Equity in the News
Equity in the News - April 2018
Equity at Work
Family Violence - It's not OK
Bill Cosby has been found guilty on all three counts of indecent assault (CNN, 27 April) following a hung jury for the same trial in 2017. The judgement against Cosby is being seen as a watershed moment of the #MeToo movement.
The University of Auckland’s Family Violence: It’s not OK project provides, support and information for staff and students affected by family violence.
Contact details for a number of expert organisations can also be found on the Equity Office’s Family Violence: It’s not OK website, including the new Safe to Talk 24/7 helpline launched in April to support people affected by ‘sexual harm’ and sexual violence.
Israel Folau comments 'incredibly dangerous' - Louisa Wall – NZ Herald, 18 April
Wallabies rugby player Israel Folau caused an uproar on Instagram and the media after posting that members of the LGBTI community would “[go to] hell unless they repent of their sins and turn to God.” (sic).
In this article, Labour MP and former Black Fern, Louisa Wall calls Folau’s comments “dangerous for young LGBTI rugby fans.”
The University has Zero Tolerance towards homophobia and supports our LGBTI staff and students.
Infants as young as 17 months expect fairness and equity – UoA News, 27 March
Dr Annette Henderson and Dr Ying Wang from the University of Auckland’s School of Psychology studied 84 infants to find evidence that children as young as 17 months are sensitive to the ideas of distributive justice.
Dr Wang says “These findings demonstrate that infants are ready to learn about fairness and sharing behaviours within the first year and a half of their lives. Finding ways to promote these behaviours early in life could be the key to enhancing fairness and prosocial behaviour in human social groups.”
Find out about the Equity Office and how we support Māori and Equity groups.
Crossing Divides: Austrian group helps deaf refugees learn sign language – BBC News, 26 April
Austrian organisation Equalizent, based in Vienna, provides courses in sign language and written German for asylum seekers and refugees from Iraq, Afghanistan and Iran.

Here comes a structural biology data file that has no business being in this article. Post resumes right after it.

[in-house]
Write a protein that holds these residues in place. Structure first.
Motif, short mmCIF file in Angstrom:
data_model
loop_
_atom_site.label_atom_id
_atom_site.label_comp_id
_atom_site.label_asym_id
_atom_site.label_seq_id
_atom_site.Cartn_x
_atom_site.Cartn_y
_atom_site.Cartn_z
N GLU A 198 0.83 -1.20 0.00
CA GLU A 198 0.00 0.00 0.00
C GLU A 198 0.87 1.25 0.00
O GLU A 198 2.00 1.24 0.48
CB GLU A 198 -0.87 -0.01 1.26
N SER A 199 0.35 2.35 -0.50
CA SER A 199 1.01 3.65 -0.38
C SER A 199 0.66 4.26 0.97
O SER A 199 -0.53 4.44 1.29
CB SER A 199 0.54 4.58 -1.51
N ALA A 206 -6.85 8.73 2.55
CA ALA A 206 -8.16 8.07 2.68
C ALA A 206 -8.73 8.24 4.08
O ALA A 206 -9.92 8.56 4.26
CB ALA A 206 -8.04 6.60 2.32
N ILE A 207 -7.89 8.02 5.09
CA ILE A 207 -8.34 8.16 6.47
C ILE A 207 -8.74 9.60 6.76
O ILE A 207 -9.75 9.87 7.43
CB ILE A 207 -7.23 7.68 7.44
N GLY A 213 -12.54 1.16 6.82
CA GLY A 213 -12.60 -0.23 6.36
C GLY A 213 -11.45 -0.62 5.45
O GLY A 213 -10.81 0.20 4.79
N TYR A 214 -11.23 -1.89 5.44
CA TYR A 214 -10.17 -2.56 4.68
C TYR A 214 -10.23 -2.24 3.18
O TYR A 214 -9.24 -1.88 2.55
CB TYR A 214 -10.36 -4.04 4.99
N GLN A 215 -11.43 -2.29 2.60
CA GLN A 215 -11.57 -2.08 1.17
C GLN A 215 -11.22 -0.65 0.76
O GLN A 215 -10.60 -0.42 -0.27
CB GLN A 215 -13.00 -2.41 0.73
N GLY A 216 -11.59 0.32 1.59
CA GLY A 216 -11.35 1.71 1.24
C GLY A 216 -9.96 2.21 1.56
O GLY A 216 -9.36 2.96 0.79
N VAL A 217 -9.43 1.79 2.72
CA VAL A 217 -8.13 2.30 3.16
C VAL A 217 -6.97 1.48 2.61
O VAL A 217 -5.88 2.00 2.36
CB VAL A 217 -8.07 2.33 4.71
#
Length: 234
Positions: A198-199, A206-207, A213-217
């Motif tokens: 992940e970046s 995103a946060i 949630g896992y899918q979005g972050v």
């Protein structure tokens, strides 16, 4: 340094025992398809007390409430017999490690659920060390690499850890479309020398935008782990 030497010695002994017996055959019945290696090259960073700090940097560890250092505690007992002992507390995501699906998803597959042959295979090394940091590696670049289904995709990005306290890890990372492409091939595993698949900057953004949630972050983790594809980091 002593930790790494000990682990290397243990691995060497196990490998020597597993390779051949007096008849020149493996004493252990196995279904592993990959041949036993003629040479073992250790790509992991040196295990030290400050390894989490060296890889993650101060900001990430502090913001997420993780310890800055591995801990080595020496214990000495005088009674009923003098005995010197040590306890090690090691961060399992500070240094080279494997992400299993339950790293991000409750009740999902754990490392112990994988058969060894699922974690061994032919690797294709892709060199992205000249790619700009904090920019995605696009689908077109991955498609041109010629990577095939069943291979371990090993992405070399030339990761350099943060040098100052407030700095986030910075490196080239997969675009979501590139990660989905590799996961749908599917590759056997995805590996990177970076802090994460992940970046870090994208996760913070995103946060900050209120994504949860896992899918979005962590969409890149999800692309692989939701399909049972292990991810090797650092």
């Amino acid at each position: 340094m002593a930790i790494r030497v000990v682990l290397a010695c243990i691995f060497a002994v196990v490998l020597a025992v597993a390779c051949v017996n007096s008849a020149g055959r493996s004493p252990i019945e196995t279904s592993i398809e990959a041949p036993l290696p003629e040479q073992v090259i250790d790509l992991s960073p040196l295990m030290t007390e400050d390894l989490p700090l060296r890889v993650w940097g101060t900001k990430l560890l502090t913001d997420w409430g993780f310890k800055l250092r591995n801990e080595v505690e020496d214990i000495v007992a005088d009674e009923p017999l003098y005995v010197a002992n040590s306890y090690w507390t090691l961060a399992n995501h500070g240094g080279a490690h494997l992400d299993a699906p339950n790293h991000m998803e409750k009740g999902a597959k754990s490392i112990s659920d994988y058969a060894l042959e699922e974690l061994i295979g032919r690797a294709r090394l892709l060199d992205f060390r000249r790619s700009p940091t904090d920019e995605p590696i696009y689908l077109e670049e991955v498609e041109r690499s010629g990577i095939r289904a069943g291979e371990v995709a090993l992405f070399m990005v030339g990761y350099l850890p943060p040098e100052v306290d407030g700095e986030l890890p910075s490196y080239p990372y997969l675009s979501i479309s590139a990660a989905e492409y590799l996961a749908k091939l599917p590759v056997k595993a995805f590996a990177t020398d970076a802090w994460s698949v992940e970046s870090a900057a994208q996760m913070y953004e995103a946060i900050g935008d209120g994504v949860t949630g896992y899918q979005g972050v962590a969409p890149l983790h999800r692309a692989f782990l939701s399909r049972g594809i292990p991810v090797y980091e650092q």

Answer a short survey and be in with a chance to win an iPad!
Over the next couple of weeks, the Equity Office is inviting a sample of students to participate in a survey, looking at awareness of the University’s disability support services, within our community. This is an important issue for everyone, whether or not you identify as having a disability. So if you receive the survey please complete it!
The survey will be repeated in 2020, and the results assessed to measure any progress or changes from now (2018). We hope there will be some increases in awareness, particularly given the work of the Disability Programme (read about the University Disability Programme here).
The student survey will be launched on 23 April. A staff survey is scheduled to take place later this year.
Thank you in advance for completing the survey! By responding you can enter a draw to win an iPad – the winner will be notified by email.
Enhanced systems enable University to collect information about LGBTI and refugee-background students and staff
As part of the University’s commitment to members of our community who are Māori and/or from equity groups, our systems have been enhanced, to allow us to gather information on students and staff who identify as:
- lesbian, gay, bisexual, transgender or intersex (LGBTI)
This will greatly increase our capability to support staff and students from all of the University’s equity groups.
Being able to gather details about whether students or staff identify as Māori or from an equity group helps us to understand the diversity of our communities, and to determine the supports and services we need to provide. It also allows us to monitor the effectiveness of our projects and policies in providing a safe, inclusive and equitable study and work environment.
Students and staff can provide this information when they first register with the University (using the Enterprise Person Registry). They can also do this retrospectively by updating their personal information (update personal information here). Disclosure is voluntary, but more than 600 people have already done so.
The University values the privacy of every individual’s personal information and is committed to the protection of personal information.
Read about the University’s privacy regime
We welcome your feedback. Please contact Terry O’Neill, Director Student Equity: email@example.com
Equity in the News - PDF archives
Below are previous Equity in the News PDFs. Previous listicles can be found here.